Virgin America is launching service to Denver in March 2016 from its San Francisco home and United Airlines has decided to respond. That response is a significant one, with United adding 6 daily flights, bringing the carrier up to 15 frequencies by April. This is not the first time United has chosen such an approach when Virgin America entered a United hub-to-hub market. When the upstart launched thrice daily nonstop flights between Newark and San Francisco United made a similar move. That was 3 years ago and Virgin America is still operating on the transcon route while United has shifted its market there because of its withdrawal from JFK.
The new San Francisco service from United represents an increase of more than 70% in daily seats flying (comparing 22 Feb 2016 & 11 Apr 2016) while Southwest Airlines remains static with its three daily flights (plus 3x daily to SJC and 4x daily to OAK). The Virgin America service displaces Frontier’s 3x daily service which ends on 4 April 2016. Interestingly, however, United did not feel the need to increase capacity to compete with either Frontier or Southwest. Virgin America, on the other hand, seems to routinely exact a response.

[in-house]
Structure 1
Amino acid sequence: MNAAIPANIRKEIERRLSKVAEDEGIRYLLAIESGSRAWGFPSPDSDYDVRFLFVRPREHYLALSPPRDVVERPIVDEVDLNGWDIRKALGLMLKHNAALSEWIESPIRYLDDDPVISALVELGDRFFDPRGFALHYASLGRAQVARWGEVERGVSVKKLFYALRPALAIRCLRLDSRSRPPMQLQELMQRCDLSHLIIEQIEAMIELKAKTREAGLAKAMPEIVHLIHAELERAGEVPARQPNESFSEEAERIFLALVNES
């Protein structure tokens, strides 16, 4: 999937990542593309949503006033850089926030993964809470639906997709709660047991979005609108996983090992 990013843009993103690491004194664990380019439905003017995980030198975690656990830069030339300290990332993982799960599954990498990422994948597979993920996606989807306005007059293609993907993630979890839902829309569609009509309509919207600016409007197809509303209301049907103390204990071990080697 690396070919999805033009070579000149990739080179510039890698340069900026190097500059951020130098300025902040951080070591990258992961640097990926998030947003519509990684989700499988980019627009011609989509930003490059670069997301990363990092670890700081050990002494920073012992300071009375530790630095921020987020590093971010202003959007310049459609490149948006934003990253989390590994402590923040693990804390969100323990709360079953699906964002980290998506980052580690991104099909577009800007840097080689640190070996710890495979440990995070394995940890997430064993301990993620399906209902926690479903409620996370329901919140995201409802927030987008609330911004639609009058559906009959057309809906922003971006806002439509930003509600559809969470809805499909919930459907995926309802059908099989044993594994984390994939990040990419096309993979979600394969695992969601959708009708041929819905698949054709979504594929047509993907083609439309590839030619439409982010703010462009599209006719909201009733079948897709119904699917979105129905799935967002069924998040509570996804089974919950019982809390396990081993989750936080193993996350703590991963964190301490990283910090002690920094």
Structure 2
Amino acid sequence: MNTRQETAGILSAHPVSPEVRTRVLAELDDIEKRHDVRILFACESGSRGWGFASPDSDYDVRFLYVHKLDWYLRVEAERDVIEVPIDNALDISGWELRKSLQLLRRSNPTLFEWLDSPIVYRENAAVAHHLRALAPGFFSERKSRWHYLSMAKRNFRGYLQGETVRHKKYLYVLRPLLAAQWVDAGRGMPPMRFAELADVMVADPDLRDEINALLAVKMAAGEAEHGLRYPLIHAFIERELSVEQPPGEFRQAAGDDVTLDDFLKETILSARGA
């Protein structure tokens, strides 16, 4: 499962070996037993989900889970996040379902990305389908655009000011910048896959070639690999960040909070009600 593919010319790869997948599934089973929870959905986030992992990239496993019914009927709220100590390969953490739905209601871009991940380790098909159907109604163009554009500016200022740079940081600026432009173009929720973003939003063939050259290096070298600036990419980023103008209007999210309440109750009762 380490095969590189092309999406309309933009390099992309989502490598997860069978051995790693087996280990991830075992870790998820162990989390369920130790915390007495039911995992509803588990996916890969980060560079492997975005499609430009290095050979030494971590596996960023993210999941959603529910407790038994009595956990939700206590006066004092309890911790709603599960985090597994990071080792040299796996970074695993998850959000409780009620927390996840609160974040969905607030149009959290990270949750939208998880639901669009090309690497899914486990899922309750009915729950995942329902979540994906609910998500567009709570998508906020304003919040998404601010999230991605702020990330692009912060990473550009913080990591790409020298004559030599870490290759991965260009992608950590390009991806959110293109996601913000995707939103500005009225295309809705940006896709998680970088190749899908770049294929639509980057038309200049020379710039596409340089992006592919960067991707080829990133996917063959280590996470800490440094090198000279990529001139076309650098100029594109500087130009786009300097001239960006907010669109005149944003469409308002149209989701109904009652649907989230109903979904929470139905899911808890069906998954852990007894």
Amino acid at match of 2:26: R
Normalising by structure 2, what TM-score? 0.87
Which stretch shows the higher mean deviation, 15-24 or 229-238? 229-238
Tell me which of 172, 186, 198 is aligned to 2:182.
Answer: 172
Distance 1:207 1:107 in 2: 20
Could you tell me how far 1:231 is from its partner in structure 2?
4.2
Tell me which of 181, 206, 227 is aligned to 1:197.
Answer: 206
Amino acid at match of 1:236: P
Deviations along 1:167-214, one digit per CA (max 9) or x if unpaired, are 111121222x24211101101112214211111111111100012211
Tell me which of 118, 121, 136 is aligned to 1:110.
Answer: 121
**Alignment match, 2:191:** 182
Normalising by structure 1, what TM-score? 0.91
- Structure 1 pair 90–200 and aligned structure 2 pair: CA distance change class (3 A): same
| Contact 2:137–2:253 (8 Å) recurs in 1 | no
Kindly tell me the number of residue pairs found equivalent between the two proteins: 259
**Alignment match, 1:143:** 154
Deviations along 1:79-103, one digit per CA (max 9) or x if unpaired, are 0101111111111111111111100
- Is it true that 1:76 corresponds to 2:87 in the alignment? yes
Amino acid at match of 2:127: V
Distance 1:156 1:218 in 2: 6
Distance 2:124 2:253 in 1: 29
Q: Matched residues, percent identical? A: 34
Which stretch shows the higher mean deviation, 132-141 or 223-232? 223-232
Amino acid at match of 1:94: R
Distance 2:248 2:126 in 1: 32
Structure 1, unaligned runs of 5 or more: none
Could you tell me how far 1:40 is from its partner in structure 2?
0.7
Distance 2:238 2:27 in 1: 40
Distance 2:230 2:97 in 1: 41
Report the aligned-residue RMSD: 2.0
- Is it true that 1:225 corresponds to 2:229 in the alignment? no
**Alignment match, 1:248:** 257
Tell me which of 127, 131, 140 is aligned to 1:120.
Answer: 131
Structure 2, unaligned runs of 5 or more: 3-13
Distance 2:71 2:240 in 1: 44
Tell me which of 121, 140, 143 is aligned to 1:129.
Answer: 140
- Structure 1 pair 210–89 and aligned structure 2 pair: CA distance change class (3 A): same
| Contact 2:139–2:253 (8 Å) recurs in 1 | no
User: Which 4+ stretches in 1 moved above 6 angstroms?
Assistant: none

In theory United can be somewhat surgical in the attack, targeting lower fares only against the flights around when Virgin America is flying. That would allow United to essentially dump capacity in the market without also slashing fares throughout the schedule. It would keep fare pressure on Virgin while not destroying yields on the other flights. Of course, it is not clear that’s what will actually happen, but here we go.
Virgin America may also be trying to collect connecting traffic to help fill these planes. It operates from San Francisco to nine destinations west of Denver. It is unlikely that the carrier will be able to pick up significant levels of traffic to San Diego, Los Angeles, Las Vegas, Portland or Seattle. Honolulu and Maui may produce some flow while Cabo San Lucas and Puerto Vallarta each get one non-stop daily from Southwest. Building up traffic is going to cost Virgin a bit of cash, depending on how long the other airlines are willing to play the low-fare game.
Read More: Virgin America sets their sights on Newark
Denver passengers are something of a winner in this game, with increased competition and new service (Sun Country and Air Canada are also starting service in 2016) available. As for Virgin America, it is taking delivery of 8 more new planes by mid-2016, increasing its fleet nearly 20% in that time. Figure there are going to be a lot more routes added and many of them are going to be competitive.
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